Is your business healthy or just big?

I meet a lot of business owners that are doing everything they can to build a big business.  I also have met quite a few owners of big businesses that are struggling.  What all of these business owners really want is a healthy business.

Does this sound familiar? Have you been focused on growing a big business? (whatever that means to you)  Or do you aspire to grow a healthy business?  And do you know the difference?

The business owners that are happiest with their businesses have healthy businesses, regardless of size.  What does it mean to have a healthy business?  Here are some questions to ask yourself

Big vs. Healthy

Are you getting a paycheck?

1) The owners are taking home a very nice salary.  Regularly and without (too much) stress.  After all, it’s your business, and you’ve taken the risk.  If you’re not reaping the reward, what’s the point?

Is there something left over?

2) There’s profit left over to reinvest in the business.  For growth, for new initiatives, to reward your team, to support your community or whatever else you’d like to do with your business.

Is there a cushion

3) There’s cash in the bank.  Some like to call it a war chest, but I’m a pretty peaceful person so I prefer rainy day fund.  The point is, there isn’t going to be a panic if there’s a sudden large expense or your biggest client has cash flow problems or disappears.

Are you diversified

4) You’re not relying on one client or industry.  That’s too many eggs in one basket.

Is Uncle Sam happy?

5) There’s money set aside to pay taxes, and your quarterlies are getting paid on time.

Do you have the right team?

6) You’re able to hire the quality and quantity of people you need.  Maybe not every single time (there are always the few that get away) but on a regular basis.  This is an area where the investment can really pay off.   A few (or ten) thousand dollars a year more for the right team member can really make a huge impact in your business and your personal workload (assuming you’re still working in your business)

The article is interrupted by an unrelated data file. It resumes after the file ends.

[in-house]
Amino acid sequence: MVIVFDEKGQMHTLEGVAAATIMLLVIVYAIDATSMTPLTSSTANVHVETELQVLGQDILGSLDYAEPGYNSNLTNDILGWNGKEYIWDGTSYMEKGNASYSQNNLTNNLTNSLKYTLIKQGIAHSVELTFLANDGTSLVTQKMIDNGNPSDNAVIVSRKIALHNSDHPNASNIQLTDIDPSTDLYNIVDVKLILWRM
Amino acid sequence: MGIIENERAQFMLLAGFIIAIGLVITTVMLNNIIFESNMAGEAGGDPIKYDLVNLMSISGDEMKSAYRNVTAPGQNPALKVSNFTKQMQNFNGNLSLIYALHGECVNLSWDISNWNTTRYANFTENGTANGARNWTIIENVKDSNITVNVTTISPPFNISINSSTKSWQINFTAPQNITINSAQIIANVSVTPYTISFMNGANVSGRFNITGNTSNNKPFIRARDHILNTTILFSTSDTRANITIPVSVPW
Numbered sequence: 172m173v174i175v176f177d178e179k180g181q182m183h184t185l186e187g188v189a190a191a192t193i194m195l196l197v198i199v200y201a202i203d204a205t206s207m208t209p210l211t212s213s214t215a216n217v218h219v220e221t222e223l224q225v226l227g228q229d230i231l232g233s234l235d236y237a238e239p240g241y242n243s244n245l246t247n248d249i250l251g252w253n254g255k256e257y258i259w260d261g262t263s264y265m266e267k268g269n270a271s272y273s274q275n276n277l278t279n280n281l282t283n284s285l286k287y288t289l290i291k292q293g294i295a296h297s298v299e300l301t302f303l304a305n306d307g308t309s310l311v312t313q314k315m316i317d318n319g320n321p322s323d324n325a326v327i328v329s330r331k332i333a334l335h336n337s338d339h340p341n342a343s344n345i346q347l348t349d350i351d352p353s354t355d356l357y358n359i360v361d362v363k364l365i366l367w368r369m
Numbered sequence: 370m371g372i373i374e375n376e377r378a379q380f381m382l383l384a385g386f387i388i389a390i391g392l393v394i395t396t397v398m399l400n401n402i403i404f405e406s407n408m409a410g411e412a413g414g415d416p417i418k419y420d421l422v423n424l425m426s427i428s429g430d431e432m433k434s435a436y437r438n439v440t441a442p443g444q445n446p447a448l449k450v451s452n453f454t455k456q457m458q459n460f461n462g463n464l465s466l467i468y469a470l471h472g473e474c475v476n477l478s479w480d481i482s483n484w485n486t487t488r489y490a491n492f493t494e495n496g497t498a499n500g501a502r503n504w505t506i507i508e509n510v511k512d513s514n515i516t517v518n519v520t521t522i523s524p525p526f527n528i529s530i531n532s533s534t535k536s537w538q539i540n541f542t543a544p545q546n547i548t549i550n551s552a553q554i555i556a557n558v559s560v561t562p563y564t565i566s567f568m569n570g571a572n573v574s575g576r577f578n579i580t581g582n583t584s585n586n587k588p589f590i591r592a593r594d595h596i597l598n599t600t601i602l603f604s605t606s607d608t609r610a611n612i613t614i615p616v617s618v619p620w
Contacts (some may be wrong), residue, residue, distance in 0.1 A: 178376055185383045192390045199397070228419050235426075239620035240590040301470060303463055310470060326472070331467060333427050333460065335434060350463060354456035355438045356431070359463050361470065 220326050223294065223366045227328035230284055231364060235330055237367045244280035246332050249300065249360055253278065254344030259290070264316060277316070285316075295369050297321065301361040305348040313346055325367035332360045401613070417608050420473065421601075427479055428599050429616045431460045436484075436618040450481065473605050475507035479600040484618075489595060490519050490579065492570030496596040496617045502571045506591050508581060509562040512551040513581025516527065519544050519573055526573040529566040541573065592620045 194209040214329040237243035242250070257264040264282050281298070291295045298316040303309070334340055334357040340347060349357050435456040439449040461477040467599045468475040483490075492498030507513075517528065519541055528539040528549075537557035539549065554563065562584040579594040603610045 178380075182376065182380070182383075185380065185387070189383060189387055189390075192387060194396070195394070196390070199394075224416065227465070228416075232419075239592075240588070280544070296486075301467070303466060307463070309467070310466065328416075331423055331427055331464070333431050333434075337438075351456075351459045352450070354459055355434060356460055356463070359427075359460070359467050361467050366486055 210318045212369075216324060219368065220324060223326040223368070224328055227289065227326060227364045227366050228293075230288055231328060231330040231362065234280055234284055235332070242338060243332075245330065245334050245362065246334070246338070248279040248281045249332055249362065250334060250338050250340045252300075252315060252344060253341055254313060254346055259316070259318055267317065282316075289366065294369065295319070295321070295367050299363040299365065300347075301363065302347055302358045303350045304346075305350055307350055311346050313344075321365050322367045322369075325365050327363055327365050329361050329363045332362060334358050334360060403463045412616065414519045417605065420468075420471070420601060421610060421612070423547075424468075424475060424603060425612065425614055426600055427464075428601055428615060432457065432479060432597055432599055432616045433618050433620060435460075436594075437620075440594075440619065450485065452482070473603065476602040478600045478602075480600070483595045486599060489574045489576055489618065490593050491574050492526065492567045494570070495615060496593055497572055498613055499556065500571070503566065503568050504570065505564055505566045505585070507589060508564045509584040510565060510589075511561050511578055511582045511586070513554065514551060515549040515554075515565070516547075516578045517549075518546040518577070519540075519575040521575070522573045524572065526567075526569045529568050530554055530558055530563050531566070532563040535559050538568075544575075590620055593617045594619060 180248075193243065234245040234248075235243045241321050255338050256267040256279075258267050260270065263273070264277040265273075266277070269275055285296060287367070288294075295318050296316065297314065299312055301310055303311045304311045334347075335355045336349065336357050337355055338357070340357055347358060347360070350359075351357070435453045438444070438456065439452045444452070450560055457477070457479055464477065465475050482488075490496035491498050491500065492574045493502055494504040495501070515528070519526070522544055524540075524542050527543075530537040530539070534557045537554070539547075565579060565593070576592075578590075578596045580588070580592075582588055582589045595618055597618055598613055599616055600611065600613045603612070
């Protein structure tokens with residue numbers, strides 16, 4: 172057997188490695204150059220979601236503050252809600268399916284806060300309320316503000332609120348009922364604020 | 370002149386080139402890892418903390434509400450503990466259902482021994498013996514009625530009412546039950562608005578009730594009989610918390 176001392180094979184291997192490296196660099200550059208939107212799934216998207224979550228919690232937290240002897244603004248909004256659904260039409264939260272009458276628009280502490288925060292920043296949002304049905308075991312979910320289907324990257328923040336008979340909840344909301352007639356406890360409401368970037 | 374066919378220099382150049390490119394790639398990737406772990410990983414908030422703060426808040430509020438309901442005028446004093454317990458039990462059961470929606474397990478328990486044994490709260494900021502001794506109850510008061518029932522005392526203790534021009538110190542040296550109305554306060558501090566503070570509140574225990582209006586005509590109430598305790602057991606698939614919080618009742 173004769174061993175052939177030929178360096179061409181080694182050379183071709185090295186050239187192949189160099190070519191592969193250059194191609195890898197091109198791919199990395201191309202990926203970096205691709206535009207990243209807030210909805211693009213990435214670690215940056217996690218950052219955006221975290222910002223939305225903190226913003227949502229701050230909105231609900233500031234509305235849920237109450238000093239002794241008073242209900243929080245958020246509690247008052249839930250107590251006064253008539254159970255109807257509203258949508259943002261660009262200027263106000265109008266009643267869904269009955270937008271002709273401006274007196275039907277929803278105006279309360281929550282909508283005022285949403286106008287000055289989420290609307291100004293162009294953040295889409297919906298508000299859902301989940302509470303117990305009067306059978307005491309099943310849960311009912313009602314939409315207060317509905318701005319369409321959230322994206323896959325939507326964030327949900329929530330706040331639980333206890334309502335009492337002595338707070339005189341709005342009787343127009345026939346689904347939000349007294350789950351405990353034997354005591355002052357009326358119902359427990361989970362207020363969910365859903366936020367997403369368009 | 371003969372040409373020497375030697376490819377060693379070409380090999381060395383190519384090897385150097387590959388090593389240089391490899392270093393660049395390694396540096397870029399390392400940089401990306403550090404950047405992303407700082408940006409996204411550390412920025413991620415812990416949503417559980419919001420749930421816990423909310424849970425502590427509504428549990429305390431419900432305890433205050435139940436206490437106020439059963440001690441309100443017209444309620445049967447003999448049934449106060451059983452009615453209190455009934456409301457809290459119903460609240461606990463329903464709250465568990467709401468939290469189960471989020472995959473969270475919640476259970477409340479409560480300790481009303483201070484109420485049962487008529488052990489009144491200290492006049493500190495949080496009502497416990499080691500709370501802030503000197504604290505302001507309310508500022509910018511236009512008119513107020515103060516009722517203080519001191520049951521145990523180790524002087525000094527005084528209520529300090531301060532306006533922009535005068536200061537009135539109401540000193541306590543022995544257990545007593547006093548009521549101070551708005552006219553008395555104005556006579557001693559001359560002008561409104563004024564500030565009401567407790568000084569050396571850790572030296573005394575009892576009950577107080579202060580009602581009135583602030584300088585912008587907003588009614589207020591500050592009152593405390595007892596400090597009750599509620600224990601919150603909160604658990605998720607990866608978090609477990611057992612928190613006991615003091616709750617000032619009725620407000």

And the right equipment?

7) You can afford the right equipment, and afford to maintain, replace and upgrade it as necessary.  For certain types of capital equipment intensive businesses it makes sense to put money away for this regularly.

Can you get more?

8) You can borrow money easily at a reasonable rate.  Sometimes those business opportunities come up that you just don’t want to pass by.  Being able to borrow money when you need to, as leverage, can be key in growing your business.

Can you monitor your health?

9) You can get financial information, and answers to financial questions, and “what-ifs” easily.  Frankly, you won’t have any of the other aspects of financial health if you don’t have the right systems in place and know how to use them.  Having insight into your finances (past, present, and FUTURE!) is critical to making good business decisions.

In conclusion…

Granted, this is a lot, and for newer companies this should all be something to aspire to (except number 9!  You can’t get anywhere without number 9).  It takes time to build up to this, but with these goals in place, your business should be humming along, generating the cash that it should be for you, so you can go enjoy your boat or beach house or travel, or whatever you love to do with those you love!

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